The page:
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Outbreak Lettuce E. Coli Infections November

Outbreak Lettuce E. Coli Infections November
Outbreak Lettuce E. Coli Infections November

Video: Outbreak Lettuce E. Coli Infections November

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Video: CDC reports 67 cases of E. coli linked to romaine lettuce 2023, January

Only hours to go before Thanksgiving activities begin. Throughout the country, dinners with delicious turkeys, fruit jellies, cakes and salads will be prepared. But authorities are sounding the alarm about an E. Coli epidemic caused by lettuce, which has sickened people in more than 19 states and continues to spread unstoppably.

The Center for Disease Control and Prevention (CDC) issued an alert Tuesday through its official website warning of the infectious outbreak originating from lettuces grown in Salinas, California.

So far, 67 cases of people with E. Coli have been confirmed in 19 states, ranging in age from 3 to 89 years. 39 of them have had to be hospitalized and at least six have developed kidney failure as a consequence of the infection.

The warning includes all kinds of lettuce including “whole romaine lettuce, organic romaine lettuce, romaine lettuce hearts, pre-cut romaine lettuce salads, romaine lettuce mixes with other lettuces, including b aby romaine, spring mix and Caesar salad mix”, as the CDC website says.

The only type of lettuce that is excluded from this alert is "hydroponic lettuce", it is claimed, since it is grown in greenhouses and apparently has not been watered with water that would have contaminated the other legumes.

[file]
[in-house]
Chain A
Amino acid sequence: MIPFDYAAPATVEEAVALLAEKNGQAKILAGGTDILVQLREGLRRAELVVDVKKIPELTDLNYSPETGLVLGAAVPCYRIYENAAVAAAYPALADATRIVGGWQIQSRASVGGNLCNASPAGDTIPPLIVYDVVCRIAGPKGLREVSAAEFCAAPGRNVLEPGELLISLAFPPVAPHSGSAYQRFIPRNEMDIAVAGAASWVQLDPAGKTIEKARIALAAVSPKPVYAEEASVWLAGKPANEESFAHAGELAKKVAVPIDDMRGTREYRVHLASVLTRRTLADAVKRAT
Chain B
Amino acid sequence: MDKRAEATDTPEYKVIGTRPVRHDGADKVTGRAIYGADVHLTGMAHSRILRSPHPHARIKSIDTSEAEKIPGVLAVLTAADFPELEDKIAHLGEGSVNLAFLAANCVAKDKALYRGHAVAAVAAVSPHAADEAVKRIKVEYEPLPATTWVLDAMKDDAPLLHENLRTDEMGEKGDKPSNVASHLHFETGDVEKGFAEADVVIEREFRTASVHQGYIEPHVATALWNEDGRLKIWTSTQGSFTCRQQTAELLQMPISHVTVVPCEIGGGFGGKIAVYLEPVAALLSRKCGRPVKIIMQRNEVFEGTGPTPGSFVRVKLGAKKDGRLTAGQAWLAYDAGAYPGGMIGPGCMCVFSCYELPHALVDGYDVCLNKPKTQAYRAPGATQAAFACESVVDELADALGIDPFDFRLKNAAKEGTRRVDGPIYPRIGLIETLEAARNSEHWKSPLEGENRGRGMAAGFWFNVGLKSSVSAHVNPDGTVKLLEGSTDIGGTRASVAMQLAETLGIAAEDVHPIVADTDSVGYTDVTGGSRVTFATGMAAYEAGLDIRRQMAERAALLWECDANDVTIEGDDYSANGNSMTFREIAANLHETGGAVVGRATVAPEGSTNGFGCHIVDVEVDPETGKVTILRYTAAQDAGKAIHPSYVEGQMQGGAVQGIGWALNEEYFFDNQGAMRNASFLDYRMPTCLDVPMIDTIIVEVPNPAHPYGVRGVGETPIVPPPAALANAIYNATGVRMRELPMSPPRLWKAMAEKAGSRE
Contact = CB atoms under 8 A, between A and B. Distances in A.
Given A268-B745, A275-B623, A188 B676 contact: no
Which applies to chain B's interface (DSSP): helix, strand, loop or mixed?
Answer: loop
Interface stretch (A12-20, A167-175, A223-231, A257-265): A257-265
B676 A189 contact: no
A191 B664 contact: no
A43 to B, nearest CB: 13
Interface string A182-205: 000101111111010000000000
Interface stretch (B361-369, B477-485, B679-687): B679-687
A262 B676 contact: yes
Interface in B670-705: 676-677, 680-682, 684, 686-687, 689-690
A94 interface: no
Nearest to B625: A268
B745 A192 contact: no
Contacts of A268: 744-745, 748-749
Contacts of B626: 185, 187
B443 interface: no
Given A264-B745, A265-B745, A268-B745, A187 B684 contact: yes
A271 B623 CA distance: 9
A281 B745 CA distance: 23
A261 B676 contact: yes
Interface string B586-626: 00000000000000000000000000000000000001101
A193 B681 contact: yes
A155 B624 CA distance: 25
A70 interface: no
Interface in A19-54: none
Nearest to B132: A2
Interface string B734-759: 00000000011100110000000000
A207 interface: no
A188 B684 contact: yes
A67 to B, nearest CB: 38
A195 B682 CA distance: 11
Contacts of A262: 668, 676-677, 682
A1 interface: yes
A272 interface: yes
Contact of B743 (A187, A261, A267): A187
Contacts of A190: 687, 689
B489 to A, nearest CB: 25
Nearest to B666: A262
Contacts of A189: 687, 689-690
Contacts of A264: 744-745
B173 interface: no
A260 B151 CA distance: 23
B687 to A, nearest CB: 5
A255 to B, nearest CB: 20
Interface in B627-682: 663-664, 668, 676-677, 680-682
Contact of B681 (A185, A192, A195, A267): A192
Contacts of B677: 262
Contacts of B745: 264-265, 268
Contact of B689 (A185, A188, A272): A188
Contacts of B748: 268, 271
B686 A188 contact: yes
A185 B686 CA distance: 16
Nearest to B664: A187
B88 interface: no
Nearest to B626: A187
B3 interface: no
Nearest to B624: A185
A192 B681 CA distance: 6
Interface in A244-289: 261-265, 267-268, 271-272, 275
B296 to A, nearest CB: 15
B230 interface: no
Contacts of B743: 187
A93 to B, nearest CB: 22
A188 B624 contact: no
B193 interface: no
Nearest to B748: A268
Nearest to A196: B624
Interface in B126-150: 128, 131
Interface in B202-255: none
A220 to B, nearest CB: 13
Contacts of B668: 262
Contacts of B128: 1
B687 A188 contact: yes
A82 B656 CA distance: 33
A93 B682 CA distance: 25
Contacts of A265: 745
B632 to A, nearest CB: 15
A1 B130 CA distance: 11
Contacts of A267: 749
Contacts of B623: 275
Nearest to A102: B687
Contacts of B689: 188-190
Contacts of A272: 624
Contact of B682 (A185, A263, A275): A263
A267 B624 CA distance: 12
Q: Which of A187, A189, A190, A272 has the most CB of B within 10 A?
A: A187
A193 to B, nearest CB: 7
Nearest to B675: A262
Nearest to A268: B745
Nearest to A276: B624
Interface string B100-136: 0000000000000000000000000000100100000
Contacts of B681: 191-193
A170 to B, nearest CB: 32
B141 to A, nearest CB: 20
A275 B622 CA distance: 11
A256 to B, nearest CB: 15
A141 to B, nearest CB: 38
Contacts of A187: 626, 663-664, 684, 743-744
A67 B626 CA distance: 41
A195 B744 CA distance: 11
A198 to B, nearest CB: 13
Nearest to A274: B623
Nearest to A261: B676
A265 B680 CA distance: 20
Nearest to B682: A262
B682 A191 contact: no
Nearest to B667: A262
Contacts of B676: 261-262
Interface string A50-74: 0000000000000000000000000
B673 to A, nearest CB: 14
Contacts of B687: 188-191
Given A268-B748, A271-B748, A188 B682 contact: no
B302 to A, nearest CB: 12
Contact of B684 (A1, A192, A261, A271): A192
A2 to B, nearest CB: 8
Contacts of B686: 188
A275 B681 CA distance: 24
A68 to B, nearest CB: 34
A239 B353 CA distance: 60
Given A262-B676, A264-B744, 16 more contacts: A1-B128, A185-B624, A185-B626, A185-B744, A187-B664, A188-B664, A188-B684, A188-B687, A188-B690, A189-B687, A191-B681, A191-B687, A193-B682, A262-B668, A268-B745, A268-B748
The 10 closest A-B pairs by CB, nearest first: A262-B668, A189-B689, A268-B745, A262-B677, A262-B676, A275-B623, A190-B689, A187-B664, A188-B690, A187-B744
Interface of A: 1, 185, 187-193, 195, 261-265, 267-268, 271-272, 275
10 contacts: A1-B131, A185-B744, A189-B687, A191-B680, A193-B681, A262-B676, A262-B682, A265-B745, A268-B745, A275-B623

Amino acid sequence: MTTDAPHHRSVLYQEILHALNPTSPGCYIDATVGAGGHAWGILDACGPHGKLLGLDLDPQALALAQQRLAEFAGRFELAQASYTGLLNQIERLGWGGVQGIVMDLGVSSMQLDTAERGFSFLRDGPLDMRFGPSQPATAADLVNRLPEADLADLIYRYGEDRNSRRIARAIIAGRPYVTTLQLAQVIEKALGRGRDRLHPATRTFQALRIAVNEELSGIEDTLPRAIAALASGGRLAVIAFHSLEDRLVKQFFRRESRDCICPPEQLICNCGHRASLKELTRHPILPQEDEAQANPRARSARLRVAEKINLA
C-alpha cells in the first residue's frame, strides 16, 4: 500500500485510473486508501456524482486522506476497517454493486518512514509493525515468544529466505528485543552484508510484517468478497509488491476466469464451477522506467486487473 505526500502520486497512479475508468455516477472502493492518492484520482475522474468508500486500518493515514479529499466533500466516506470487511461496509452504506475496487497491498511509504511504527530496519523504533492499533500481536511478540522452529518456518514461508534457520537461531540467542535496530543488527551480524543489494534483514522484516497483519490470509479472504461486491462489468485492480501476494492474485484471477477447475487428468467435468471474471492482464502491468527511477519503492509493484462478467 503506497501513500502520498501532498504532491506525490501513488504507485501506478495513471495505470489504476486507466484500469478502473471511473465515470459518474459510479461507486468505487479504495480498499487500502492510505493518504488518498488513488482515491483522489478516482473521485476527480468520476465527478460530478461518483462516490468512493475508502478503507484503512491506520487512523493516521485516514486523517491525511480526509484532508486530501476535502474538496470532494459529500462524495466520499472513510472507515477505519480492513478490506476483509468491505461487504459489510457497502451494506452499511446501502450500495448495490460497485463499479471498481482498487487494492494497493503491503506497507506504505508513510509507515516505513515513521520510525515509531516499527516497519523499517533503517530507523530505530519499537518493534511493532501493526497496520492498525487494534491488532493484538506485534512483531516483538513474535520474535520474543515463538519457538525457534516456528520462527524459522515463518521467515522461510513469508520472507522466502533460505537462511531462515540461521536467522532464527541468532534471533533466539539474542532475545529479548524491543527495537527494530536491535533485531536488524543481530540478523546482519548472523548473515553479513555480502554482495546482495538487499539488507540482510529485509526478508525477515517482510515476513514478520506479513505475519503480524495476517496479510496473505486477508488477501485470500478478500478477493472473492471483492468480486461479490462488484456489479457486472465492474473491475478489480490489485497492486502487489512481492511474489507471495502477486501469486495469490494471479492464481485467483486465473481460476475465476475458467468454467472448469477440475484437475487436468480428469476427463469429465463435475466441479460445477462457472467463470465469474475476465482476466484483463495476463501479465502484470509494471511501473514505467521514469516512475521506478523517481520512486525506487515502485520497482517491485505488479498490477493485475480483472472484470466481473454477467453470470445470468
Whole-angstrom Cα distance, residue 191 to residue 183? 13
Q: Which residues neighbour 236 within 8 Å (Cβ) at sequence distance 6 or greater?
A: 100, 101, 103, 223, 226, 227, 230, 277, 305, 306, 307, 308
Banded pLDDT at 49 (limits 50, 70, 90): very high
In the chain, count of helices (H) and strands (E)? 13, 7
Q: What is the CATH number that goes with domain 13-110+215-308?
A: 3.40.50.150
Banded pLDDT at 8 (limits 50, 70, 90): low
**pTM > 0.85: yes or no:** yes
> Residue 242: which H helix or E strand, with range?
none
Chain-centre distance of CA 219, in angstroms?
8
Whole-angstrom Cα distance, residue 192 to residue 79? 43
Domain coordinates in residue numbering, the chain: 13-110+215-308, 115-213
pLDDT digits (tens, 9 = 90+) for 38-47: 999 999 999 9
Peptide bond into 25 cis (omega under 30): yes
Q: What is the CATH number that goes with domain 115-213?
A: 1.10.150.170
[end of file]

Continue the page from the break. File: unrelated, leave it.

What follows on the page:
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Microbes, germs
Microbes, germs

"Look on the packaging for a label that shows where the romaine lettuce was grown," he says. "It is printed on the packaging itself or on a label."

The warning also goes for restaurants that serve dishes with lettuce. "Restaurants and stores should not sell romaine lettuce if they cannot confirm that it comes from a place outside Salinas," said Frank Yiannas, deputy commissioner of the Food and Drug Safety Commission (FDA) to the CNN channel.

According to the CDC, the common symptoms of Escherichia Coli infection are “bloody diarrhea and stomach pain. In general, the people affected do not have a fever or if they do, it is only very mild.”

"The infection affects the red blood cells and kidneys," it is reported. "This only occurs in approximately one in 50 people, but it is very serious and can cause death in the event that these patients are not treated in the hospital."

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